The leaders of the new House-Senate budget conference committee on Thursday morning struck a positive tone after their first meeting.[WATCH VIDEO]
A day after Washington narrowly missed hitting the debt ceiling and wounding the world economy, Rep. Paul RyanPaul RyanNearly 600 VA dental patients may have been exposed to HIV, hepatitis Republicans raise red flags about ObamaCare repeal strategy Overnight Healthcare: GOP in talks about helping insurers after ObamaCare repeal MORE (R-Wis.) and Sen. Patty MurrayPatty MurrayOvernight Finance: Trump takes victory lap at Carrier plant | House passes 'too big to fail' revamp | Trump econ team takes shape Senate Dems: Force Cabinet nominees to release tax returns Dems press Trump to keep Obama overtime rule MORE (D-Wash.) assured the public their work wouldn't be a repeat of the recent brinksmanship.
“Our goal to do good for the American people, to get this debt under control, to do smart deficit reduction, and to do things that we think can grow the economy and get people back to work," said Ryan, who voted against the deal to raise the debt ceiling and end the shutdown. "Those are our shared goals.”
Murray said the breakfast held just off the Senate floor was a “good conversation.”
“We believe there is common ground, and we can show the American people that Congress can work,” Murray said.
Ryan and Murray met over breakfast with Senate Budget ranking member Jeff SessionsJeff SessionsTrump’s White House is a step backward in racial progress The people have spoken: Legalizing cannabis is good Republican policy GOP rep: Trump has 'extra-constitutional' view of presidency MORE (R-Ala.) and House Budget ranking member Chris Van Hollen (D-Md.).
The budget conference faces a Dec. 13 deadline for reporting back to Congress. Their goal is to produce a final budget top-line number for the current fiscal year so that final spending bills can be worked out before funding runs out again on Jan. 15.
Analysts are already giving Ryan and Murray slim chances for success. The new budget conference comes after the failure of a 2011 supercommittee, and after the Simpson-Bowles commission failed in 2010 to get enough support to force votes on a $4 trillion deficit grand bargain.
Murray said the new conference has much more “limited” goals than the supercommittee. Its prime focus will be on the sequester for the current fiscal year and finding either entitlement or revenue replacements for those cuts.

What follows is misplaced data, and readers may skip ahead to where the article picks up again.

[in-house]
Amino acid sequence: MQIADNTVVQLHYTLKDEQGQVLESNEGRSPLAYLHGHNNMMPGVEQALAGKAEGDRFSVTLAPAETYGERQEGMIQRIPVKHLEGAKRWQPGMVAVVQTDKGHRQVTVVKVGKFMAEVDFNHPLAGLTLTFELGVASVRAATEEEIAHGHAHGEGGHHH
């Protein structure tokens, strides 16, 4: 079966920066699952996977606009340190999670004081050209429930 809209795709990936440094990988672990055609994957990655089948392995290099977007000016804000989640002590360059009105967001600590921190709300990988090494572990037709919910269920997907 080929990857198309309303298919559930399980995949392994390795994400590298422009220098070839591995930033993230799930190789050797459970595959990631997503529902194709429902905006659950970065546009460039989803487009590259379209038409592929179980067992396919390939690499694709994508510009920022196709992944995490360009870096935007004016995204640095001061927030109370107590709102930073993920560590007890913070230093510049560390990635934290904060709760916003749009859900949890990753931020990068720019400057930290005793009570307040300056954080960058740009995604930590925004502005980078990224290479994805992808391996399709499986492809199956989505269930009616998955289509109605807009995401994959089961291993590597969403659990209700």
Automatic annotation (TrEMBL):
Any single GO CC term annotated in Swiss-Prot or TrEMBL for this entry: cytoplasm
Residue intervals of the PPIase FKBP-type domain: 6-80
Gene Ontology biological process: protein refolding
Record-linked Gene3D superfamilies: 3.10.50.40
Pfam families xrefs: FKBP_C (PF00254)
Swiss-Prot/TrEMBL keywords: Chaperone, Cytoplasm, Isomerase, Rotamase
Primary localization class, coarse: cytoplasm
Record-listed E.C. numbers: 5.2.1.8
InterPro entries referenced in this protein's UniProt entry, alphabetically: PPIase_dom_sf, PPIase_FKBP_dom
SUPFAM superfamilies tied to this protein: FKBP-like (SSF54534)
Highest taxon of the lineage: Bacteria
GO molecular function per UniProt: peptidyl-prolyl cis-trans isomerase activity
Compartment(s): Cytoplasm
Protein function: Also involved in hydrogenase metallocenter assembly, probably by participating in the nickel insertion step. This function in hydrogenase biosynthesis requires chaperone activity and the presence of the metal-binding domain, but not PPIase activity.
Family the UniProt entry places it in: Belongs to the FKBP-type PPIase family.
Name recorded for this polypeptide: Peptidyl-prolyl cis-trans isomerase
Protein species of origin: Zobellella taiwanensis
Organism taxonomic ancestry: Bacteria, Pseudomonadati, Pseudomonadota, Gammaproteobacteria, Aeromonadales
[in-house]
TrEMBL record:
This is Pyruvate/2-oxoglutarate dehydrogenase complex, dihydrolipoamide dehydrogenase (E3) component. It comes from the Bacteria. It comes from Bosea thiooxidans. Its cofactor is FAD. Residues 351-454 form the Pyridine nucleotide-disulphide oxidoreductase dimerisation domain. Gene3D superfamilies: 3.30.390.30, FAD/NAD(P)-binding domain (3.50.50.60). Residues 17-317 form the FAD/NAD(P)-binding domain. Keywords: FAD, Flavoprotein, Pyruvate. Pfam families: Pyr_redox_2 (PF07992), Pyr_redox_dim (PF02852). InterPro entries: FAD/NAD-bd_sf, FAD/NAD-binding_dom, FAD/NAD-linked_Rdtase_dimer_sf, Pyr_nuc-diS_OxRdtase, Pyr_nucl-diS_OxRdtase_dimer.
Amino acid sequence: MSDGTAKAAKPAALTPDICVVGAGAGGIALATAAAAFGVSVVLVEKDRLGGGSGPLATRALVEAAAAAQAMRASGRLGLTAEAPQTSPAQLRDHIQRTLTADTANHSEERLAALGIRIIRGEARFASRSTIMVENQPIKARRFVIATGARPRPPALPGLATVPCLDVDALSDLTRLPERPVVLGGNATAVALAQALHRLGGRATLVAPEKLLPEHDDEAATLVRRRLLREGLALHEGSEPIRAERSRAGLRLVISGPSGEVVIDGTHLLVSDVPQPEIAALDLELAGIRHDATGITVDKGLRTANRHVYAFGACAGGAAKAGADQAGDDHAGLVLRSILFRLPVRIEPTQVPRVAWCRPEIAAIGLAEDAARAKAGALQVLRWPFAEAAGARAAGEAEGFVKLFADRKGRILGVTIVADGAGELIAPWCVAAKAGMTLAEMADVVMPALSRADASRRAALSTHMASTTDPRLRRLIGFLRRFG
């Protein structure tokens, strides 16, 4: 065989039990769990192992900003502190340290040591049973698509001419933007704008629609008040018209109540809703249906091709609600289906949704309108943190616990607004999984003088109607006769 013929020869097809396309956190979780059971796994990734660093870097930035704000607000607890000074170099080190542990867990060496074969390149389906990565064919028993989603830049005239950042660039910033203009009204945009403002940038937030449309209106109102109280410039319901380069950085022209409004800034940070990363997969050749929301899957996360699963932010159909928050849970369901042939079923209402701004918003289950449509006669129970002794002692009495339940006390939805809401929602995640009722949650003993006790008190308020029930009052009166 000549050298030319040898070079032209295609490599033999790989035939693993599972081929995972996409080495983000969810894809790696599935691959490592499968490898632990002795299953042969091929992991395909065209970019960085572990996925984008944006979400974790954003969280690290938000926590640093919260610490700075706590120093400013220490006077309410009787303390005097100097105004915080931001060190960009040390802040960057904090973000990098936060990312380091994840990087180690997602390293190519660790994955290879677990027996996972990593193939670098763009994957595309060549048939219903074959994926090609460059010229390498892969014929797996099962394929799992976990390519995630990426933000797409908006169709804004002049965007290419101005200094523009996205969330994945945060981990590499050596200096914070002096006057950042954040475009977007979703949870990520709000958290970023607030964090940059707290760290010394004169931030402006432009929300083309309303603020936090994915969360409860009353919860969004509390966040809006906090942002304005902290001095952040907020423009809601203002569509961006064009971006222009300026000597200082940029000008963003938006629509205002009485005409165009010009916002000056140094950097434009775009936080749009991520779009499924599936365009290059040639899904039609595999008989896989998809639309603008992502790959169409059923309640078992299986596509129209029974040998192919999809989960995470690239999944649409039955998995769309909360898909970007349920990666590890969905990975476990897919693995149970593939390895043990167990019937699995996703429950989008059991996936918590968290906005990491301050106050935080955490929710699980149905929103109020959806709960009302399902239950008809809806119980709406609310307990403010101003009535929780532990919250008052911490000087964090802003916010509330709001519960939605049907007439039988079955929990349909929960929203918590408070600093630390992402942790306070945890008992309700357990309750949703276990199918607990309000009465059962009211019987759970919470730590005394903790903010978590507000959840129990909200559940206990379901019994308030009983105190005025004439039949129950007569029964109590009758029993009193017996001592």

“We have a challenge that has been handed to us to have a reconciliation between the House budget and the Senate budget,” she said.
Murray and Ryan dodged when asked how they would reconcile Democratic demands for more revenue and Republican insistence so far on deficit reduction without tax increases.
“It’s premature exactly how we are going to do that,” Ryan said when asked about the details going forward.
While the GOP took the biggest beating in the polls during the 16-day government shutdown, Democrats also saw their popularity shrink. That could give both sides incentive to reach a deal.
There already has been talk about a deal involving trading off the sequester spending cuts for changes to entitlement programs, which Republicans see as the drivers of the deficit. But Democrats are expected to press that a deal also include new taxes, something Republicans say they would not accept.
Van Hollen said that he hopes the morning’s meetings signals brinksmanship over the debt ceiling and government shutdowns are over.
“I hope that one lesson that came out of this totally unnecessary shutdown is that nobody should try to advance a partisan agenda by trying to shut down the government,” he said. “I hope people put away the clubs and come to the table for a traditional negotiation.”
“Chairman Murray is very knowledgeable about these issues and a strong leader,” said Sessions. “There are a number of things I know we can agree on. I don’t want to raise expectations above reality. … We may be able to accomplish something good.”